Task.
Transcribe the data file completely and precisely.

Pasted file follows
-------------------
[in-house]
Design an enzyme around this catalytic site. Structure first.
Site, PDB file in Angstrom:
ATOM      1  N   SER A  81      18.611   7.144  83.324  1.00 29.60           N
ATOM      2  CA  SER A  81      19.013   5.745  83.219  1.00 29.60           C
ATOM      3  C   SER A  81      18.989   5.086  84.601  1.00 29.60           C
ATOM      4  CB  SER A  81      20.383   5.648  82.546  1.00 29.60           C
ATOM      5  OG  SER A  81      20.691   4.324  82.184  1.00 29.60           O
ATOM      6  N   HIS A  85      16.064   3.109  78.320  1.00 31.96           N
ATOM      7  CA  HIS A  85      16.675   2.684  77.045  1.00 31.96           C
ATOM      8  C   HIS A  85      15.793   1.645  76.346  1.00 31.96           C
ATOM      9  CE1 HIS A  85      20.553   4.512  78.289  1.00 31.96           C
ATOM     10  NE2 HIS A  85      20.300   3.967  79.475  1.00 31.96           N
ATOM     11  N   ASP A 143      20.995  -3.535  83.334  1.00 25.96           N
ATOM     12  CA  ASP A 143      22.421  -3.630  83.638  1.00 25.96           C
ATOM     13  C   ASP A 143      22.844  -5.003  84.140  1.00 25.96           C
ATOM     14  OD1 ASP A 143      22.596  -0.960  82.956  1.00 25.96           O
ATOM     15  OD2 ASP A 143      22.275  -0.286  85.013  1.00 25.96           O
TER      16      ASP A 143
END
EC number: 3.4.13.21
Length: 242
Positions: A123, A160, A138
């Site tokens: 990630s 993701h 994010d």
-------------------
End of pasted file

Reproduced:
[in-house]
Design an enzyme around this catalytic site. Structure first.
Site, PDB file in Angstrom:
ATOM      1  N   SER A  81      18.611   7.144  83.324  1.00 29.60           N
ATOM      2  CA  SER A  81      19.013   5.745  83.219  1.00 29.60           C
ATOM      3  C   SER A  81      18.989   5.086  84.601  1.00 29.60           C
ATOM      4  CB  SER A  81      20.383   5.648  82.546  1.00 29.60           C
ATOM      5  OG  SER A  81      20.691   4.324  82.184  1.00 29.60           O
ATOM      6  N   HIS A  85      16.064   3.109  78.320  1.00 31.96           N
ATOM      7  CA  HIS A  85      16.675   2.684  77.045  1.00 31.96           C
ATOM      8  C   HIS A  85      15.793   1.645  76.346  1.00 31.96           C
ATOM      9  CE1 HIS A  85      20.553   4.512  78.289  1.00 31.96           C
ATOM     10  NE2 HIS A  85      20.300   3.967  79.475  1.00 31.96           N
ATOM     11  N   ASP A 143      20.995  -3.535  83.334  1.00 25.96           N
ATOM     12  CA  ASP A 143      22.421  -3.630  83.638  1.00 25.96           C
ATOM     13  C   ASP A 143      22.844  -5.003  84.140  1.00 25.96           C
ATOM     14  OD1 ASP A 143      22.596  -0.960  82.956  1.00 25.96           O
ATOM     15  OD2 ASP A 143      22.275  -0.286  85.013  1.00 25.96           O
TER      16      ASP A 143
END
EC number: 3.4.13.21
Length: 242
Positions: A123, A160, A138
């Site tokens: 990630s 993701h 994010d």